Kelly won't predict Eagles' starter

Jeff Reynolds, The Sports Xchange
The SportsXchange

INDIANAPOLIS -- Chip Kelly is known for working at a feverish pace. In his first month as an NFL head coach, he has had to adapt to a new tempo.
Kelly was hired Jan. 16 after a lengthy courtship by Philadelphia Eagles general manager Howie Roseman and owner Jeff Lurie. In the month that passed since he left Oregon, Kelly has spent most of his time reviewing game film, particularly position-specific cut-ups of individual plays.
"I didn't feel like we were under the gun. I've watched every game, every cut-up of all of our players," Kelly said. "The film will tell you a lot, but it doesn't tell you everything."
It won't tell Kelly how a player works on the practice field or how they process a playbook that will have zero repeat from the systems employed in 2012. He will offer opinions when solicited as the Eagles weigh contract and salary-cap decisions before free agency begins in March, but will largely defer to Roseman and his new right-hand man, Tom Gamble.
The Eagles face several critical personnel decisions, but began the offseason by securing quarterback Michael Vick for the 2013 season. He reworked his existing deal and accepted a one-year, $7 million contract with production-based incentives that could push him toward $10 million. That's assuming Vick earns the No. 1 job.
Kelly called all four quarterbacks on the current roster - Vick, Nick Foles, Trent Edwards and Dennis Dixon - and has the best feel for Dixon. That doesn't mean he was brought in to compete for the starting job. Kelly said he wouldn't predict anything - roster makeup, how many games the team would win, the depth chart pecking order - including what role Dixon might serve.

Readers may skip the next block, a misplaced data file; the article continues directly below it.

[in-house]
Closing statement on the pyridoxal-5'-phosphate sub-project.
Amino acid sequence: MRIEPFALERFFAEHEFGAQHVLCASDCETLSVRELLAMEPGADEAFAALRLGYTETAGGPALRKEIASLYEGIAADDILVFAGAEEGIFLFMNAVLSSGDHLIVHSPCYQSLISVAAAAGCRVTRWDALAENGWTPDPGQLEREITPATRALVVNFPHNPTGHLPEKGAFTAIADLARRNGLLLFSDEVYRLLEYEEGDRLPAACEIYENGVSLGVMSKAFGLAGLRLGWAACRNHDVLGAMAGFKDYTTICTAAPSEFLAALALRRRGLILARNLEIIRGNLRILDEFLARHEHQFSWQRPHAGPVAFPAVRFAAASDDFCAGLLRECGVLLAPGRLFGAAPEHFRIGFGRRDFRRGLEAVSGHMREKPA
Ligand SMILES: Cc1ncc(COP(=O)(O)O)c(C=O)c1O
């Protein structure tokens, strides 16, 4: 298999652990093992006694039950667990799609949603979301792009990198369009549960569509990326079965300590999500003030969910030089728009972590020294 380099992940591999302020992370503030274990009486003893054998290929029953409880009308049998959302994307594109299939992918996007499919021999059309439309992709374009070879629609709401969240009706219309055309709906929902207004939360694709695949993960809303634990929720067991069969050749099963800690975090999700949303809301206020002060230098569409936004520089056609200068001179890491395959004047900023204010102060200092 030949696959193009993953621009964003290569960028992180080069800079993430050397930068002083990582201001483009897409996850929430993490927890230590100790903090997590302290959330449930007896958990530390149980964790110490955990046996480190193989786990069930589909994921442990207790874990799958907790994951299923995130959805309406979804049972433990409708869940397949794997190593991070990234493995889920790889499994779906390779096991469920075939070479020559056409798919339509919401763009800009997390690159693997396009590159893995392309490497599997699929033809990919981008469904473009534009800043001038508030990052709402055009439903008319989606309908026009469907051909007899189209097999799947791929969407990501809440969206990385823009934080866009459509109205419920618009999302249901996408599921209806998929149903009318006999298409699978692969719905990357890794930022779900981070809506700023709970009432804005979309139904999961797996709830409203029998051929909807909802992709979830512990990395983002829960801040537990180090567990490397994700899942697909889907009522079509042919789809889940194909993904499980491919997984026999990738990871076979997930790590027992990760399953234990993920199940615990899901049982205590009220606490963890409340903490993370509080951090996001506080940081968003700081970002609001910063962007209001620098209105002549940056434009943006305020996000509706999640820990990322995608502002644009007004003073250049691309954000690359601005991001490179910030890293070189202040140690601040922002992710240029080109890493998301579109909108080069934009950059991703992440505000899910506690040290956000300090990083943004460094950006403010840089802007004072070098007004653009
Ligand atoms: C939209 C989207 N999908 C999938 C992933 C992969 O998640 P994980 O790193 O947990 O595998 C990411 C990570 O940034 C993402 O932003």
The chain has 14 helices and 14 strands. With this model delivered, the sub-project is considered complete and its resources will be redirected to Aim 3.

"I can't tell you what the future's going to be or who it's going to be," Kelly said.
Vick said recently he might just thrive in the shotgun read-option type of offense Kelly perfected in demolishing Pac-12 defenses in averaging 40-plus points per game over the past three seasons. Though unfamiliar with the schematics of the 2006 Falcons' offense Vick claimed was a reasonably facsimile of the one Kelly and offensive coordinator Pat Shurmur are assembling, he would embrace similar results if Vick, 33 next season, could produce them.
"I think 1,000 (rushing) yards would be cool," he said.
If he has a say, Kelly will be coaching Foles, the subject of trade rumors of late and a player linked directly to the Kansas City Chiefs and former Eagles coach Andy Reid. Foles was skewered in January before clarifying comments about the ill-fitting new system for his skill set. Shurmur and Kelly would tailor the offense to the strengths of whichever quarterback becomes the Eagles' starter.
What tweaks and adjustments he'll make and how the "wide-ranging" playbook is pared down are variables until Kelly gets to trade the video clicker and scouting profiles for his trademark visor and whistle when minicamps commence in April.
"I'm not a predictor of how it's going to work," Kelly said. "Until I've had a chance to work with them."

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